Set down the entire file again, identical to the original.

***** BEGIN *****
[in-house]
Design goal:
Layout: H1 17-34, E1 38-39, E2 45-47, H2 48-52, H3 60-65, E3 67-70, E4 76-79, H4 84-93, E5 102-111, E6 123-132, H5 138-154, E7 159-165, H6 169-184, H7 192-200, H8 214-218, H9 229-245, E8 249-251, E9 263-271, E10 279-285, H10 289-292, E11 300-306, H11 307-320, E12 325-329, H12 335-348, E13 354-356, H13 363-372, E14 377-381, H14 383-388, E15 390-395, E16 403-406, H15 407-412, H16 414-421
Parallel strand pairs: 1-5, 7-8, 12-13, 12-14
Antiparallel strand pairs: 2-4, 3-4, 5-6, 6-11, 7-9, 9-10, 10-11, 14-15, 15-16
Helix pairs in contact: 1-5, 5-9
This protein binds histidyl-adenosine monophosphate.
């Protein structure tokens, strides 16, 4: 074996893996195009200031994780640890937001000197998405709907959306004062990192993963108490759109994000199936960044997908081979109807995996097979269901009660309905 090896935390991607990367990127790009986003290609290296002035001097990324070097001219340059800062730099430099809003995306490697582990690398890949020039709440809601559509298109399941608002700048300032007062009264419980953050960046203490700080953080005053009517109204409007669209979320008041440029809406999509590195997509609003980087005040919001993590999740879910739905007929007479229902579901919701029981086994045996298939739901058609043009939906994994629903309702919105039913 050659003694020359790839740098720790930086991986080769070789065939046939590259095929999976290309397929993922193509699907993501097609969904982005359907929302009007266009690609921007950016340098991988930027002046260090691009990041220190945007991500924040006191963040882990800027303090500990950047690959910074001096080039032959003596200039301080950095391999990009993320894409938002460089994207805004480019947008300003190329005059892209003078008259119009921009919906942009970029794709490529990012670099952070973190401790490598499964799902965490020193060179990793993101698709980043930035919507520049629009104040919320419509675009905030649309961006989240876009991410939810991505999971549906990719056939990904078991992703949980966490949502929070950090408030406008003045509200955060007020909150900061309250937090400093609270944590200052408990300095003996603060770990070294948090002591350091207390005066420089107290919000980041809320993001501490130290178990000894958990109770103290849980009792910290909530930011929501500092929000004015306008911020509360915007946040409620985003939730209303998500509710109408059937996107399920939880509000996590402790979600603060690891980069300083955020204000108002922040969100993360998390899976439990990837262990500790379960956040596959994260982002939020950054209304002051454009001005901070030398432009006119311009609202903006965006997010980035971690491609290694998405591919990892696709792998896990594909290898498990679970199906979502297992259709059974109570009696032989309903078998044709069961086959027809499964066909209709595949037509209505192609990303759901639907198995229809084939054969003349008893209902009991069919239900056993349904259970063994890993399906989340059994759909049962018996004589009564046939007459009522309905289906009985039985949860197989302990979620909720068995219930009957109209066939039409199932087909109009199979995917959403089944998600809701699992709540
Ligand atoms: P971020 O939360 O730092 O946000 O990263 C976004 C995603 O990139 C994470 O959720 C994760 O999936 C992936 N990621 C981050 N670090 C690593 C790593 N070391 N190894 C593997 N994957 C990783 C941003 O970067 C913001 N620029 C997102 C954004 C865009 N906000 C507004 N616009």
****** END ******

[in-house]
Design goal:
Layout: H1 17-34, E1 38-39, E2 45-47, H2 48-52, H3 60-65, E3 67-70, E4 76-79, H4 84-93, E5 102-111, E6 123-132, H5 138-154, E7 159-165, H6 169-184, H7 192-200, H8 214-218, H9 229-245, E8 249-251, E9 263-271, E10 279-285, H10 289-292, E11 300-306, H11 307-320, E12 325-329, H12 335-348, E13 354-356, H13 363-372, E14 377-381, H14 383-388, E15 390-395, E16 403-406, H15 407-412, H16 414-421
Parallel strand pairs: 1-5, 7-8, 12-13, 12-14
Antiparallel strand pairs: 2-4, 3-4, 5-6, 6-11, 7-9, 9-10, 10-11, 14-15, 15-16
Helix pairs in contact: 1-5, 5-9
This protein binds histidyl-adenosine monophosphate.
């Protein structure tokens, strides 16, 4: 074996893996195009200031994780640890937001000197998405709907959306004062990192993963108490759109994000199936960044997908081979109807995996097979269901009660309905 090896935390991607990367990127790009986003290609290296002035001097990324070097001219340059800062730099430099809003995306490697582990690398890949020039709440809601559509298109399941608002700048300032007062009264419980953050960046203490700080953080005053009517109204409007669209979320008041440029809406999509590195997509609003980087005040919001993590999740879910739905007929007479229902579901919701029981086994045996298939739901058609043009939906994994629903309702919105039913 050659003694020359790839740098720790930086991986080769070789065939046939590259095929999976290309397929993922193509699907993501097609969904982005359907929302009007266009690609921007950016340098991988930027002046260090691009990041220190945007991500924040006191963040882990800027303090500990950047690959910074001096080039032959003596200039301080950095391999990009993320894409938002460089994207805004480019947008300003190329005059892209003078008259119009921009919906942009970029794709490529990012670099952070973190401790490598499964799902965490020193060179990793993101698709980043930035919507520049629009104040919320419509675009905030649309961006989240876009991410939810991505999971549906990719056939990904078991992703949980966490949502929070950090408030406008003045509200955060007020909150900061309250937090400093609270944590200052408990300095003996603060770990070294948090002591350091207390005066420089107290919000980041809320993001501490130290178990000894958990109770103290849980009792910290909530930011929501500092929000004015306008911020509360915007946040409620985003939730209303998500509710109408059937996107399920939880509000996590402790979600603060690891980069300083955020204000108002922040969100993360998390899976439990990837262990500790379960956040596959994260982002939020950054209304002051454009001005901070030398432009006119311009609202903006965006997010980035971690491609290694998405591919990892696709792998896990594909290898498990679970199906979502297992259709059974109570009696032989309903078998044709069961086959027809499964066909209709595949037509209505192609990303759901639907198995229809084939054969003349008893209902009991069919239900056993349904259970063994890993399906989340059994759909049962018996004589009564046939007459009522309905289906009985039985949860197989302990979620909720068995219930009957109209066939039409199932087909109009199979995917959403089944998600809701699992709540
Ligand atoms: P971020 O939360 O730092 O946000 O990263 C976004 C995603 O990139 C994470 O959720 C994760 O999936 C992936 N990621 C981050 N670090 C690593 C790593 N070391 N190894 C593997 N994957 C990783 C941003 O970067 C913001 N620029 C997102 C954004 C865009 N906000 C507004 N616009």